The University of Nottingham is reviewing its harassment policy after a survey found alarming levels of concern about staff bullying in its School of Nursing.
The Association of University Teachers at Nottingham conducted the survey to find the cause of a growing number of complaints and anecdotal evidence. Out of a sample of 200 nursing academics, one in seven claimed to have been subjected to bullying. One in five said they had witnessed bullying.
The visitor has been summoned to investigate, and the university has set up a review panel to rewrite its harassment policy.
According to the AUT, bullying problems have also surfaced in the university's schools of law and social sciences and in built environment. But return rates on surveys carried out in these areas were too low for any results to be considered significant.
Negotiations have begun between the AUT and the School of Nursing over improving processes to safeguard against harassment and bullying.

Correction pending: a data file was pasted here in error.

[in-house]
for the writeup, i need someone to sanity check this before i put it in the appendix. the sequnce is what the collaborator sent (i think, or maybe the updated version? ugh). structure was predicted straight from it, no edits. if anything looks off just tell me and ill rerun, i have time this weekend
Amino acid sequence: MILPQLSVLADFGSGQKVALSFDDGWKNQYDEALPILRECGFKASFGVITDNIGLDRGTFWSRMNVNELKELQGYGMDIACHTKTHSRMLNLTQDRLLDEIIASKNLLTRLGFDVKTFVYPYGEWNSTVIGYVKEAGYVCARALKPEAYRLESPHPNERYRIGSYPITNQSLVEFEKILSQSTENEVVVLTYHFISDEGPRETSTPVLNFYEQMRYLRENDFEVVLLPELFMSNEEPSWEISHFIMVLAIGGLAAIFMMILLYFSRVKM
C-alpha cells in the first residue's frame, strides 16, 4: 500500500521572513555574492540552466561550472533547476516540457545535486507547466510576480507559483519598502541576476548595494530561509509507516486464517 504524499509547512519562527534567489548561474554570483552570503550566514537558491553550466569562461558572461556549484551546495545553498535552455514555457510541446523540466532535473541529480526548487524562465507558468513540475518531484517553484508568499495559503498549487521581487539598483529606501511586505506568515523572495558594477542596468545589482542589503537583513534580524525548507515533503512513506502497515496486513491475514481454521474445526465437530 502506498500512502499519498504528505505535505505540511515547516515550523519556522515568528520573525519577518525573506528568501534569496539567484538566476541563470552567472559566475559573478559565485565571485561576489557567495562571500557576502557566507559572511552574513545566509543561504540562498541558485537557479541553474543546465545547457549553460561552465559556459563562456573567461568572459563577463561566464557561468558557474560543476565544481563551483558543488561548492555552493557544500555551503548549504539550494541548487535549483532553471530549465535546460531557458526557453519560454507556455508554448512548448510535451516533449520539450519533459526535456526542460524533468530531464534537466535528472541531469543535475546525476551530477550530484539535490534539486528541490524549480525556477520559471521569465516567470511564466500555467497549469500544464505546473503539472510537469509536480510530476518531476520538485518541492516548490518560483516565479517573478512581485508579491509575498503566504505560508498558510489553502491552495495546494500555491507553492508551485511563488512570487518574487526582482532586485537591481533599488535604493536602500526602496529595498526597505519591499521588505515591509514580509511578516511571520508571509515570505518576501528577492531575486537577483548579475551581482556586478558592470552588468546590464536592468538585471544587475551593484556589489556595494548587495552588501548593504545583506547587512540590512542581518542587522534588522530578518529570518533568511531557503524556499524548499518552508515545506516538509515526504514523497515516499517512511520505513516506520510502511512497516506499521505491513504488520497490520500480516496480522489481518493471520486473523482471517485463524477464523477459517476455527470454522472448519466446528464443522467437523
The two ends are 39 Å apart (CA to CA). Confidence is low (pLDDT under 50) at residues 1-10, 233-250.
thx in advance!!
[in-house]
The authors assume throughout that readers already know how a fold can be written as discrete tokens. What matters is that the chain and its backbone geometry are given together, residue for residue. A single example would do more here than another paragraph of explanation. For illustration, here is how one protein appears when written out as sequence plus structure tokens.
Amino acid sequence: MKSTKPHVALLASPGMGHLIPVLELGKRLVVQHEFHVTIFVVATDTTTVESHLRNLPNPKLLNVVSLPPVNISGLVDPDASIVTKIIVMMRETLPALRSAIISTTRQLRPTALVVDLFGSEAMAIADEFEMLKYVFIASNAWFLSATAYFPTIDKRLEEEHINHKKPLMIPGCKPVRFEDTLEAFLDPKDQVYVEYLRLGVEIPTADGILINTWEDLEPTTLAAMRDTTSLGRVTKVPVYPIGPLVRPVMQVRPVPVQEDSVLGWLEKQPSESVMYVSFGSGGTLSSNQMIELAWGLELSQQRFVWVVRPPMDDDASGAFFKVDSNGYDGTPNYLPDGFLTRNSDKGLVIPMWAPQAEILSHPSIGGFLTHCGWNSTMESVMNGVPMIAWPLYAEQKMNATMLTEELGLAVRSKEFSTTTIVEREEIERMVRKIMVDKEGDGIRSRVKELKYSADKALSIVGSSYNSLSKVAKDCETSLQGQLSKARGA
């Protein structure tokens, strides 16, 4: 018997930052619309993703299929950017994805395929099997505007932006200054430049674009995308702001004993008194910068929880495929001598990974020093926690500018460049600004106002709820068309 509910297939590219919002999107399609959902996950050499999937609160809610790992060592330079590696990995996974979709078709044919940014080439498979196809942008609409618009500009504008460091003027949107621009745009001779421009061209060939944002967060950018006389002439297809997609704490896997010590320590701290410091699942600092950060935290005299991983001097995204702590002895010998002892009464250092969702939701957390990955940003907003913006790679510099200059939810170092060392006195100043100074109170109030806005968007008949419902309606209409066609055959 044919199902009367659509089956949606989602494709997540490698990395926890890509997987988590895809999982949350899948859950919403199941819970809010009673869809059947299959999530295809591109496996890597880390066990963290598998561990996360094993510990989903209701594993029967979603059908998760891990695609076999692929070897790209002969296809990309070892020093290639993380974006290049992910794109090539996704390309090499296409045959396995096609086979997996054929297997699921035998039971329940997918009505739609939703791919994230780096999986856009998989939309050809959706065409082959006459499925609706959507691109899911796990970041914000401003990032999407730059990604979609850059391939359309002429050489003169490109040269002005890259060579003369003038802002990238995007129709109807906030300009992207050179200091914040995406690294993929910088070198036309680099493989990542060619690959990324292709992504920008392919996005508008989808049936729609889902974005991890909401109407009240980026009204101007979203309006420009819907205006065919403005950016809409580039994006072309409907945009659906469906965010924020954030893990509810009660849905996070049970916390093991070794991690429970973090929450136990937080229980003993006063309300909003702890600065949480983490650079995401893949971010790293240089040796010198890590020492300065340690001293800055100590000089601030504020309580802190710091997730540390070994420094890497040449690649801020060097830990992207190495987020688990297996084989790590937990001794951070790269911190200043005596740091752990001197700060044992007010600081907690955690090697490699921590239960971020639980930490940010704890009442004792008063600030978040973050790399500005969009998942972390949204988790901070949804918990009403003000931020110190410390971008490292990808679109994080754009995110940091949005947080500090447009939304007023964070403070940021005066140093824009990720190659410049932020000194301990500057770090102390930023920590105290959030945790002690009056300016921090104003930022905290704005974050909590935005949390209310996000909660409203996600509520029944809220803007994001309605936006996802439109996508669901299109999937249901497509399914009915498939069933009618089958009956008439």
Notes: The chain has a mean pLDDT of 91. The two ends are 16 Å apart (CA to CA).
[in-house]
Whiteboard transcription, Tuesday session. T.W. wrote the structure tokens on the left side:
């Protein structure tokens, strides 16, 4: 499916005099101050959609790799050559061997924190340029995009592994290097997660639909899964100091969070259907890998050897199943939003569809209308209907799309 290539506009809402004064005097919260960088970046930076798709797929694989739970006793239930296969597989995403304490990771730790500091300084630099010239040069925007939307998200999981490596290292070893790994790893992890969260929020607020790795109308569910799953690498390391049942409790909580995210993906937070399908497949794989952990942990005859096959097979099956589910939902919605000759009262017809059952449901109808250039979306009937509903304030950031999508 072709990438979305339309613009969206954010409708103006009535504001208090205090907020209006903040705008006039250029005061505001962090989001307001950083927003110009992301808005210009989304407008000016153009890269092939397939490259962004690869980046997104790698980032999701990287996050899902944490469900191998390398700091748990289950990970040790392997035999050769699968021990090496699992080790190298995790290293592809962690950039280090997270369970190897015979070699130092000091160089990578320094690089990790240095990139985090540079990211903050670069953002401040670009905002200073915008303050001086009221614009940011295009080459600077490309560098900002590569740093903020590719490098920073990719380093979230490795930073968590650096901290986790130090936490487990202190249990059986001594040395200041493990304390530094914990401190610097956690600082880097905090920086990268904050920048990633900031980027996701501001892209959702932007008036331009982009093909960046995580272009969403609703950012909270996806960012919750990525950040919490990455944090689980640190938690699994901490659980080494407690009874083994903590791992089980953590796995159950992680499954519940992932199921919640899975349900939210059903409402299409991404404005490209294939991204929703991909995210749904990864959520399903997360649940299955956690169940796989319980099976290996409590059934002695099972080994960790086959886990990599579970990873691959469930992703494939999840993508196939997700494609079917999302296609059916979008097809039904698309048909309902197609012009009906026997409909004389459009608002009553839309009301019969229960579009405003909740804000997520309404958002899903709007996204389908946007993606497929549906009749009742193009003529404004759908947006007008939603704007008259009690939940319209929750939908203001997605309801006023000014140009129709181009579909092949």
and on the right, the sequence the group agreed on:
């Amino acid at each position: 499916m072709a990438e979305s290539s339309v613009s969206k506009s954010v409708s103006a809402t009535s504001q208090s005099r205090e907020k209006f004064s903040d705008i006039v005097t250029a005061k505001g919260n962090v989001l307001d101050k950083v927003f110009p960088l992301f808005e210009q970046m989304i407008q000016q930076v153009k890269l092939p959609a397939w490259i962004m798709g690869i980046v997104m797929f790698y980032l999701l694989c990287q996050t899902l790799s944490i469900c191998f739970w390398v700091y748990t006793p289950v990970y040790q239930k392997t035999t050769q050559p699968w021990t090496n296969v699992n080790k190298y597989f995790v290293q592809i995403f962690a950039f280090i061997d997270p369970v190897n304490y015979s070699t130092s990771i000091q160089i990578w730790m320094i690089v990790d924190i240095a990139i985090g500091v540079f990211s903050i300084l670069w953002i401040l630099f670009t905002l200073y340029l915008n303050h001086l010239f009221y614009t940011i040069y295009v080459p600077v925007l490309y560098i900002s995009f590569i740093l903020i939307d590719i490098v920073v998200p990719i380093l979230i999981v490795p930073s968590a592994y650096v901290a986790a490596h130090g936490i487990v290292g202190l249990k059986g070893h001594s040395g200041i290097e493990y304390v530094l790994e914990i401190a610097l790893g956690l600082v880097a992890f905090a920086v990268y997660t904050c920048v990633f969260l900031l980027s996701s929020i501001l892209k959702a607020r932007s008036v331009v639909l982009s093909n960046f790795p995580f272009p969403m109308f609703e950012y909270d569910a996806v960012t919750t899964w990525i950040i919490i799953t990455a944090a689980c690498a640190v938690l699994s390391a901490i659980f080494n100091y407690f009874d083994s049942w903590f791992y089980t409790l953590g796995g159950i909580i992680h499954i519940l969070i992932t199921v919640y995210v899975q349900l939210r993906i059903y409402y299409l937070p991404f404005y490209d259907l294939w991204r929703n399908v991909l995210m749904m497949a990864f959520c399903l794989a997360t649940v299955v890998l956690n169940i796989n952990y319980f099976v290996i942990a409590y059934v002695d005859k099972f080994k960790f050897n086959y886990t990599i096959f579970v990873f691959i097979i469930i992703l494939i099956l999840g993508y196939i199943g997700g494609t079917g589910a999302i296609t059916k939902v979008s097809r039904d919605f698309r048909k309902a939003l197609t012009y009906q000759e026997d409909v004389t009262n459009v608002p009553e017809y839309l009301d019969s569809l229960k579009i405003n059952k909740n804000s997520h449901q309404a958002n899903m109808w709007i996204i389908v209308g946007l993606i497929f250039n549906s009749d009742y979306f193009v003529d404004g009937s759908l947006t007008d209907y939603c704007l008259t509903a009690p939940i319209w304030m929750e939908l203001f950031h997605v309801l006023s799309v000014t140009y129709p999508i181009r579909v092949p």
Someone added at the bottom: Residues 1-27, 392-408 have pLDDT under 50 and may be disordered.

Managers have warned that some of the complaints, such as staff claiming to have been sidelined and excluded from conferences, are difficult to handle.
The AUT spokeswoman said: "We are not necessarily saying that the processes themselves are bad. It's a question of whether they are being used."
A university spokesman said a harassment policy working group had been set up before the survey had been carried out. He said: "As far as the School of Nursing is concerned, although there are allegations, we have not yet had substantive proof."
* The AUT at Nottingham has withdrawn from a university-wide job-evaluation scheme. Union leaders said their views were being ignored by managers who, they said, had imported a process from industry without modifying it to academics' jobs.